Doing a brain dump for myself while everything is still clear in my head, I figure I might close this thread out with the consolidated detail of the issues I experienced, the process that I followed and pass along any dumb luck knowledge that I may have picked up along the way.


Thoughts?
Suggestions?




1) Setup space to put items that you remove from the car (I used a 4 shelf plastic storage shelf that was 48” wide x 20” deep and 60” tall with the top shelf labeled “Driver”, the 2nd shelf labeled “Passenger”, the 3rd shelf labeled “MISC” and the bottom shelf labeled “Intake & Assc”
2) Setup space close to the car for your tools, optimally you want everything that you will need for the job within arm’s reach (You will be swapping tools a bunch, allen to hex, to socket, extensions, etc, etc)
3) Let car sit a few days to bleed down fuel pressure (or be ready to be sprayed)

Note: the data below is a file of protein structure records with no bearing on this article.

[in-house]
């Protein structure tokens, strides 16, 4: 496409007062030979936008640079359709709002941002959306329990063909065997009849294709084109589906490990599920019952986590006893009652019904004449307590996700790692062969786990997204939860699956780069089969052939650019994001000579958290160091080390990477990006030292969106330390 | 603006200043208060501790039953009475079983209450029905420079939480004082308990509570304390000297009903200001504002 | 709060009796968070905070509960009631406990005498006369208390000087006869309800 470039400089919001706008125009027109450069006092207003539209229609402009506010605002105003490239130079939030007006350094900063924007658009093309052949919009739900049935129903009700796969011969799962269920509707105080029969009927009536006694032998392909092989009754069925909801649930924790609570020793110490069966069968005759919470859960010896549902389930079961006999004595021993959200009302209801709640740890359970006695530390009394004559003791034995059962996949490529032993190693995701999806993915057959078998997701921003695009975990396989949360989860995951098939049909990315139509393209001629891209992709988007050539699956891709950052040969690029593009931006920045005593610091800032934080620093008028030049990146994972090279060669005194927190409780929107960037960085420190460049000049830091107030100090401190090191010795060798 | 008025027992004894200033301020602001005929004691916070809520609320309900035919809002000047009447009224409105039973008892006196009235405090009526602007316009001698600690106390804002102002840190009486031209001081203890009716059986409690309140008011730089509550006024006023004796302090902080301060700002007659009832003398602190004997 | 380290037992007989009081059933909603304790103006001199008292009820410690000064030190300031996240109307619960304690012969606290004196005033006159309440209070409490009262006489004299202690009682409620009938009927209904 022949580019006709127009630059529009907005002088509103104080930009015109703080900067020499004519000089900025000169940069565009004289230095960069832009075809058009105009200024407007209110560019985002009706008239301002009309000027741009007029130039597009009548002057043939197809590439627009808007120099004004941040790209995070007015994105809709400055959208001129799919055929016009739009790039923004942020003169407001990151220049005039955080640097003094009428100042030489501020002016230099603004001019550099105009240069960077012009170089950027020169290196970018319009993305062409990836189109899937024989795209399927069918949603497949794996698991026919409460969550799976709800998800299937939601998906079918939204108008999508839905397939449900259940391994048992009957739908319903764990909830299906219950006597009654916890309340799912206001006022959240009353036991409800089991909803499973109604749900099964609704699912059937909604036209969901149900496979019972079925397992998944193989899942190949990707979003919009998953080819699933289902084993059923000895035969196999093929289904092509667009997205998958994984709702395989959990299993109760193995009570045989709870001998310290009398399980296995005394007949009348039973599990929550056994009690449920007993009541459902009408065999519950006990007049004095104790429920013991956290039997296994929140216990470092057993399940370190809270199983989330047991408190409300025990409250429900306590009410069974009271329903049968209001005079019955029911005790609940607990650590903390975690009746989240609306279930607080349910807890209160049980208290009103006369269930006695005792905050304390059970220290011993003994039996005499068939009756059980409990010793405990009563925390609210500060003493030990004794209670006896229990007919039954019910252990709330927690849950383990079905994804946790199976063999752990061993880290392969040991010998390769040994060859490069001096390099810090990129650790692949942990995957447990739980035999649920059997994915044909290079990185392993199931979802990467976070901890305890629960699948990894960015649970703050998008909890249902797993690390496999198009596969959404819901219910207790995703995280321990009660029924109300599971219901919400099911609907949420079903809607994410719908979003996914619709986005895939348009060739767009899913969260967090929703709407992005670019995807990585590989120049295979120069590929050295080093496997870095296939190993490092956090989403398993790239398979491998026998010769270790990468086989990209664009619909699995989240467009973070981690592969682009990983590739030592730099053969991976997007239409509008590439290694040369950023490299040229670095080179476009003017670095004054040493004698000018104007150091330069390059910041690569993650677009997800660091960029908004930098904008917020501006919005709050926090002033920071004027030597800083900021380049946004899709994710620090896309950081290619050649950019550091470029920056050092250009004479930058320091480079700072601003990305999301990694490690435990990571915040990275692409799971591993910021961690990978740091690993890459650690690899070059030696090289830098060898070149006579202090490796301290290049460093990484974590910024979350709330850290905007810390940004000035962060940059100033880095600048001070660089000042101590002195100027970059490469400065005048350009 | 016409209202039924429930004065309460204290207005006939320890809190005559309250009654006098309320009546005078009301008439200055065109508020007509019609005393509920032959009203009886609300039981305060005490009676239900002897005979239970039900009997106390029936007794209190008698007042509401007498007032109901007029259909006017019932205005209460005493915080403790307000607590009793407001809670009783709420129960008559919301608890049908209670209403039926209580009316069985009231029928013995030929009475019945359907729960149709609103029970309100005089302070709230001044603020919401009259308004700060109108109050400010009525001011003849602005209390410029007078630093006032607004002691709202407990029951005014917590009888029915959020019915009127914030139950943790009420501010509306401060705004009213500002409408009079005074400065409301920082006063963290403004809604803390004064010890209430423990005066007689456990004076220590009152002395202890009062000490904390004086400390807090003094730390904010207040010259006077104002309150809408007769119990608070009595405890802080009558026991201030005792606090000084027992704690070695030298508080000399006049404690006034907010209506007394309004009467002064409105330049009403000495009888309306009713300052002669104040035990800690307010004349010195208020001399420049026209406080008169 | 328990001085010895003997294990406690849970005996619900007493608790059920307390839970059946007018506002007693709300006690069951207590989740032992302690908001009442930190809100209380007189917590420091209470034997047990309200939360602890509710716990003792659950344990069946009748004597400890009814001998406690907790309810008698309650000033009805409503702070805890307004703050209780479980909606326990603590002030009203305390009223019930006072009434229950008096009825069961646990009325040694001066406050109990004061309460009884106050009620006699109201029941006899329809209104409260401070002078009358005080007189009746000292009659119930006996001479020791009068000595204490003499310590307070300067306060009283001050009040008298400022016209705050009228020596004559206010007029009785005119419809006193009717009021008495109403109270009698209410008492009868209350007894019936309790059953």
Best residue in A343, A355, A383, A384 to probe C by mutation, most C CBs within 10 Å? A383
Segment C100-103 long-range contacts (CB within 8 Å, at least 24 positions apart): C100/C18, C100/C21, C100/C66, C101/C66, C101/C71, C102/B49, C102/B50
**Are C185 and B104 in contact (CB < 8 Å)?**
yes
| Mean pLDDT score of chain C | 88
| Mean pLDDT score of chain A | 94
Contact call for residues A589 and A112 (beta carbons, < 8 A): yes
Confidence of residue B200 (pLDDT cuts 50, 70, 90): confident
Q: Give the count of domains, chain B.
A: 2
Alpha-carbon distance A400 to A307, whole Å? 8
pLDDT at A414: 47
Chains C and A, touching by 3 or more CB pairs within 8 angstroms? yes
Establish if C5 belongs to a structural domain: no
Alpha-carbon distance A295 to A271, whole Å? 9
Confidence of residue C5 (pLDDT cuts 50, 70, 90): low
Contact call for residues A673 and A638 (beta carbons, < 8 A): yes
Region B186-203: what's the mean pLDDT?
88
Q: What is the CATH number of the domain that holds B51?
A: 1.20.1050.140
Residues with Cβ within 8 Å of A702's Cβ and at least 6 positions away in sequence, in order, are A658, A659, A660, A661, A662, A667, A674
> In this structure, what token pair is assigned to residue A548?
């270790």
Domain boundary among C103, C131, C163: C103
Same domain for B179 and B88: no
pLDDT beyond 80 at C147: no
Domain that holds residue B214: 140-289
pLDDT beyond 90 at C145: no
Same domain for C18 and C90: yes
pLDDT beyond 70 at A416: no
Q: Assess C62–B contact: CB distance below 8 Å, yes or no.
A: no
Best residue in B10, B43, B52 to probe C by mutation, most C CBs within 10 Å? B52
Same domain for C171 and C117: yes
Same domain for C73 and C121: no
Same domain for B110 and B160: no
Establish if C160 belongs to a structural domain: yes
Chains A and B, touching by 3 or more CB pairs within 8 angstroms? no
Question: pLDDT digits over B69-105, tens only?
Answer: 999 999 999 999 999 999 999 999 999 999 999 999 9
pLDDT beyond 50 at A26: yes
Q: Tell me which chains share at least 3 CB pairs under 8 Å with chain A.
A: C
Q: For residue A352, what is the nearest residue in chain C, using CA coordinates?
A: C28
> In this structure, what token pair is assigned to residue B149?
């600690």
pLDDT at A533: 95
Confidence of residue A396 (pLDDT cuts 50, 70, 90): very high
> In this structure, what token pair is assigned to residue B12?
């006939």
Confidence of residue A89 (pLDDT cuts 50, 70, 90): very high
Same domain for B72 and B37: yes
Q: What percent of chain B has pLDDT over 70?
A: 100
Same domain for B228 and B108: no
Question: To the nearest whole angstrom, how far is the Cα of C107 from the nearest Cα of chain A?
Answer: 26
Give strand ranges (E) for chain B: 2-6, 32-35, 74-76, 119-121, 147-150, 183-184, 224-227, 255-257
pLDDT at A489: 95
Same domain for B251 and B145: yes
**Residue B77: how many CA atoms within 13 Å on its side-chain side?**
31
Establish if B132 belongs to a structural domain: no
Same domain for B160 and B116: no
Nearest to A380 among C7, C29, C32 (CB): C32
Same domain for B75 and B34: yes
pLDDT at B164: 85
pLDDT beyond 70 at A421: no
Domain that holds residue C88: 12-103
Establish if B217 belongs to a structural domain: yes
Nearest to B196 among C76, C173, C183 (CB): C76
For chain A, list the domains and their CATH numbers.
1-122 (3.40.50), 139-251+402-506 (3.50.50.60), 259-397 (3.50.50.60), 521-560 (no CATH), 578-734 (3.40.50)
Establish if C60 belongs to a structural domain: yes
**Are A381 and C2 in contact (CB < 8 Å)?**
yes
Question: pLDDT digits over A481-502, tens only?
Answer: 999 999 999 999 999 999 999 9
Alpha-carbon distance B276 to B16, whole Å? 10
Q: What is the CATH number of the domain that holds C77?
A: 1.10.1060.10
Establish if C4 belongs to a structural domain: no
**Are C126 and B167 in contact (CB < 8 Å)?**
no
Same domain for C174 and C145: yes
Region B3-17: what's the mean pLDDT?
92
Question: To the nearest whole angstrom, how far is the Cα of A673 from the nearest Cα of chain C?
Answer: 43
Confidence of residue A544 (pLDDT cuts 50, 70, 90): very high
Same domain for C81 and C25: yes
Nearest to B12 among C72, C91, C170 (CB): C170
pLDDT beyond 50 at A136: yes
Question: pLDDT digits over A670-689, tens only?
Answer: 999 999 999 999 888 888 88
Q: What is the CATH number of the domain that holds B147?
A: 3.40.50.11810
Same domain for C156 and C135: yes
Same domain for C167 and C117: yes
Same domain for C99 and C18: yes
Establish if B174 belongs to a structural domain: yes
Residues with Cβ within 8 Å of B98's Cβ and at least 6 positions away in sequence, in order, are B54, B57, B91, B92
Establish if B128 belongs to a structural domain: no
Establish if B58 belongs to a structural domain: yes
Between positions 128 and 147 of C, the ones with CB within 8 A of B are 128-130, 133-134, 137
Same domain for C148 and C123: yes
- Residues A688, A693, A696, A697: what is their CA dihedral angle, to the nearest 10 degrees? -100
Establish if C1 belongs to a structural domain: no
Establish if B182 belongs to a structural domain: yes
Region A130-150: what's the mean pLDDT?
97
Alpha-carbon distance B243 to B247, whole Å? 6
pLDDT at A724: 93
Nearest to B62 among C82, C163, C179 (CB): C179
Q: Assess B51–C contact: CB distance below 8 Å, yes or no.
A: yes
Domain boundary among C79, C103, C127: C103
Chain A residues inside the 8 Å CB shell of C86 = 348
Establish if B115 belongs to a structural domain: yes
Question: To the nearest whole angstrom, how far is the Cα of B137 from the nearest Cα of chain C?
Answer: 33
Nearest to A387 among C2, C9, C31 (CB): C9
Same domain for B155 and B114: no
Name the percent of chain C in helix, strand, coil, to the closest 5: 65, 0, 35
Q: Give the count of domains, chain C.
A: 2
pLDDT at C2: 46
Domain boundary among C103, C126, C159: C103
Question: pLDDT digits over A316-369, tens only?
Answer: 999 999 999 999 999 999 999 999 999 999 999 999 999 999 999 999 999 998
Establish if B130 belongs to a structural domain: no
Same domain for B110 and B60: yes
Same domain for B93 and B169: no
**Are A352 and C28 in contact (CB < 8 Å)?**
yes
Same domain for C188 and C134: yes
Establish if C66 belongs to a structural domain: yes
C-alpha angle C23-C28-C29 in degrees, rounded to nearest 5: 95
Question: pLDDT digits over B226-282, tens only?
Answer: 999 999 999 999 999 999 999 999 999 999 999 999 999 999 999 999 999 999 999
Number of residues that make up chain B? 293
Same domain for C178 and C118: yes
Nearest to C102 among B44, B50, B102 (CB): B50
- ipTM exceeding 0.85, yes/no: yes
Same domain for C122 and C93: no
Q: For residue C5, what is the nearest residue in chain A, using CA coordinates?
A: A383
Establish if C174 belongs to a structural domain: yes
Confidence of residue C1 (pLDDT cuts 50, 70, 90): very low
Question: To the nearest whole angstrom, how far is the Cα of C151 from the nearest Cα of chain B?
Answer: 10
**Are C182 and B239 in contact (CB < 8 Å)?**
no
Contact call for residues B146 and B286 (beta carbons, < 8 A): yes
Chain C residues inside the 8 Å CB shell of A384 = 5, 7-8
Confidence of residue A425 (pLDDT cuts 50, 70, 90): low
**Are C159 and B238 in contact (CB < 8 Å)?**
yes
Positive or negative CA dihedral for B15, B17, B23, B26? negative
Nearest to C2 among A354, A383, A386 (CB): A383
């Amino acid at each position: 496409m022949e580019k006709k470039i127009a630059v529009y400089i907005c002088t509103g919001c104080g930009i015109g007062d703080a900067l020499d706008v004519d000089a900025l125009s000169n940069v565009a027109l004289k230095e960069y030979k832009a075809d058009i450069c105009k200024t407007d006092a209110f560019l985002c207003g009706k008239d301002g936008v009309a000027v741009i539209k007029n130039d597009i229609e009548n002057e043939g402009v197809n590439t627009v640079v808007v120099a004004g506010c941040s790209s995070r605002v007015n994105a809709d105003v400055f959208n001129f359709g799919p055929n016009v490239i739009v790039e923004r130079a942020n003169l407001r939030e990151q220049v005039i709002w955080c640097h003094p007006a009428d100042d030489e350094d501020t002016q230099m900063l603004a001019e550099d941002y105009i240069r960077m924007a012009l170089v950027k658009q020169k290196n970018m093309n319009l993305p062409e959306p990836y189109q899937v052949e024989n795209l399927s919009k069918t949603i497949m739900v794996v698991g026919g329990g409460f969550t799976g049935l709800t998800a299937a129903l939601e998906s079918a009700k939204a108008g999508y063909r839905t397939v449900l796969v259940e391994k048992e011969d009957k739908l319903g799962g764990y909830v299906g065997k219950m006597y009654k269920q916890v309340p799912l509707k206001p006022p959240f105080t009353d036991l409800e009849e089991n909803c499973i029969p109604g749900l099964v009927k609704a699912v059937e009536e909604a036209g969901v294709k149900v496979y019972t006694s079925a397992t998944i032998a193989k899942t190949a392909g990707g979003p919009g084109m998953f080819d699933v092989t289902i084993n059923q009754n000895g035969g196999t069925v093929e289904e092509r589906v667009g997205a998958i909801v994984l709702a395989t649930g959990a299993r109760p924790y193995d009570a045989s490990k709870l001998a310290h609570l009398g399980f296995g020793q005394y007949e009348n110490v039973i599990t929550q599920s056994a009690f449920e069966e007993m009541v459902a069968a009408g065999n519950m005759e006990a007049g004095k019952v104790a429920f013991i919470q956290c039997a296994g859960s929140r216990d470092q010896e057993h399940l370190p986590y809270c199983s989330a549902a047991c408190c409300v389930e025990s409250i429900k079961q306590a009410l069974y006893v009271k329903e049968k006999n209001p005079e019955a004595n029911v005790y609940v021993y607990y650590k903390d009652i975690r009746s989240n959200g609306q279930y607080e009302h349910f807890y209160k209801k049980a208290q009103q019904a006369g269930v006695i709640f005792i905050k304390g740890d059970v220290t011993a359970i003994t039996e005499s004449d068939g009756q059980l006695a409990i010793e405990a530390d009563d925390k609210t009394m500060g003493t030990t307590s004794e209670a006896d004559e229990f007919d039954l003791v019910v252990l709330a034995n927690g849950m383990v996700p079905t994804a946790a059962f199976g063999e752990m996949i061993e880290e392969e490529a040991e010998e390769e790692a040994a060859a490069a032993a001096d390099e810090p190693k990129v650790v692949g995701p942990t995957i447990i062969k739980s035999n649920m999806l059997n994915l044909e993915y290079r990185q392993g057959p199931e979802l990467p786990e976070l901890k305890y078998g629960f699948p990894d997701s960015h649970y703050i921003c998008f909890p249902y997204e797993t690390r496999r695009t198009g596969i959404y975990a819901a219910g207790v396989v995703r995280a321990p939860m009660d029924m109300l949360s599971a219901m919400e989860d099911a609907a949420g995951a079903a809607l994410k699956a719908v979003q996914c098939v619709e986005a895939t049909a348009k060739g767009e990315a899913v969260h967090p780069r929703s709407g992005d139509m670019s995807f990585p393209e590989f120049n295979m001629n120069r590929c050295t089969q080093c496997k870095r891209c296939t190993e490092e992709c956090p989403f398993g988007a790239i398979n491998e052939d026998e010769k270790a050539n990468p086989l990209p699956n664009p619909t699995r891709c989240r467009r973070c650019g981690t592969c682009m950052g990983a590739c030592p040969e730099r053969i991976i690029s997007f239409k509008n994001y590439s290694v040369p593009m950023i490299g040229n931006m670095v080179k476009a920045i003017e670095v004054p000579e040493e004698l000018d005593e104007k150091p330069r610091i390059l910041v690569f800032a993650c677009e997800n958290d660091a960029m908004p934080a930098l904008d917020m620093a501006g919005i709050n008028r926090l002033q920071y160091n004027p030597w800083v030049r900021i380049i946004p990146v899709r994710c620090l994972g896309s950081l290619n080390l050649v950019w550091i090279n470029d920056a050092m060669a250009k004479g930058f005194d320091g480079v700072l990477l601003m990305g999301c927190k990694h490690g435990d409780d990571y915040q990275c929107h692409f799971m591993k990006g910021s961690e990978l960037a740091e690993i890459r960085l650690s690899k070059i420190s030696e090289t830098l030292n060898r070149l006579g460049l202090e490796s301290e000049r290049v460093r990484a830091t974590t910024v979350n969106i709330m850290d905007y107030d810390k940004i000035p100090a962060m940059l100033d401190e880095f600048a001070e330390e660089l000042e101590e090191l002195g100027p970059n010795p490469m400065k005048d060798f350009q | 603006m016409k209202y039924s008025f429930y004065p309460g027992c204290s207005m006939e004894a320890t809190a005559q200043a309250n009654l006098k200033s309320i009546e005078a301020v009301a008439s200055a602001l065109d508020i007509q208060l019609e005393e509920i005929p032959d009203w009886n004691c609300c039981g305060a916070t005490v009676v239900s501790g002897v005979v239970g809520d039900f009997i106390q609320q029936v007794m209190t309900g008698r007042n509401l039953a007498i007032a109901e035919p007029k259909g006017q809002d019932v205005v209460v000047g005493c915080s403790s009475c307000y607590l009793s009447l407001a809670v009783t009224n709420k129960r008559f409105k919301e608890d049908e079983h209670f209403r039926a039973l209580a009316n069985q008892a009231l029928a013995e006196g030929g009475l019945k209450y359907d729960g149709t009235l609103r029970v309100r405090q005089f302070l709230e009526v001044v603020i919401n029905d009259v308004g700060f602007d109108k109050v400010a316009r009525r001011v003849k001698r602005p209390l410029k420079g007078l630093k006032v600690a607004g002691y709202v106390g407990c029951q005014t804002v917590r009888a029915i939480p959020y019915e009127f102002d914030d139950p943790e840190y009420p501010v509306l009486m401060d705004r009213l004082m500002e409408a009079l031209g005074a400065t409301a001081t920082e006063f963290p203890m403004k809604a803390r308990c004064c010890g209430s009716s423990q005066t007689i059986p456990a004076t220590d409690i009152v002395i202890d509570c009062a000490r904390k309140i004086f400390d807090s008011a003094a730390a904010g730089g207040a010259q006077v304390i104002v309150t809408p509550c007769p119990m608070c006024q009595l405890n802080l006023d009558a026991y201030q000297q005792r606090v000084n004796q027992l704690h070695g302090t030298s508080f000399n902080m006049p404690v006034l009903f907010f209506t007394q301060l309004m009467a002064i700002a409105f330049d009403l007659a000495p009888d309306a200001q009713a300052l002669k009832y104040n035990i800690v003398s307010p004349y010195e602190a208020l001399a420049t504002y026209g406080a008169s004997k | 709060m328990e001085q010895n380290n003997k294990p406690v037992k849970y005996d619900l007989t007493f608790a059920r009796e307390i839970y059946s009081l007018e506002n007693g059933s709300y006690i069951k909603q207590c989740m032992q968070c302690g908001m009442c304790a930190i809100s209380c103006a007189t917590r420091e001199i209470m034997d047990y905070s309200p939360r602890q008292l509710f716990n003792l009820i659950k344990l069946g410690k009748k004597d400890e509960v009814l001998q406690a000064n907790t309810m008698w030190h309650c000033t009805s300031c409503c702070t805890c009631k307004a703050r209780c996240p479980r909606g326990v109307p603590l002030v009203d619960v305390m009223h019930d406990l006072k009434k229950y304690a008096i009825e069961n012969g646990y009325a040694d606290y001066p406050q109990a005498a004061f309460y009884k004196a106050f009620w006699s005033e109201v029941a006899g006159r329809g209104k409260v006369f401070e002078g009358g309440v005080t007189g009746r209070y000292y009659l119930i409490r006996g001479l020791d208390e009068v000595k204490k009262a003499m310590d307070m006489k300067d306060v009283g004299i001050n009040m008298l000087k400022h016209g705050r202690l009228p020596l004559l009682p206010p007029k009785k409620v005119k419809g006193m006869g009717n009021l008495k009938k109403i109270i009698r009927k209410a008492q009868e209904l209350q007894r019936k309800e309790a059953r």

4) Disconnect the battery
a. Remove the hatch floor
b. Remove the spare tire
c. IF YOU HAVE AIR SUSPINSION – remove the 4, 10mm nuts and washer that hold down the compressor and push this off to the side (BE CAREFUL of your plastic air lines when you do this, make sure they are not in a bind or otherwise compromised)
5) Remove hood
6) Remove the air intake path
a. remove the air filter box cover, maf and elbow going to the intake (you'll need a nut driver to loosen the clip on the throttle body)
b. remove the 10mm bolt holding down the air box and the 4 plastic push clips holding down the air intake directly on top of the radiator and remove the air box and intake
7) Remove the electric fan
a. using a flat head screw driver push down on the clips holding the fan to the radiator and push then towards the engine (this will free up the fan so that it can be pulled up from the radiator)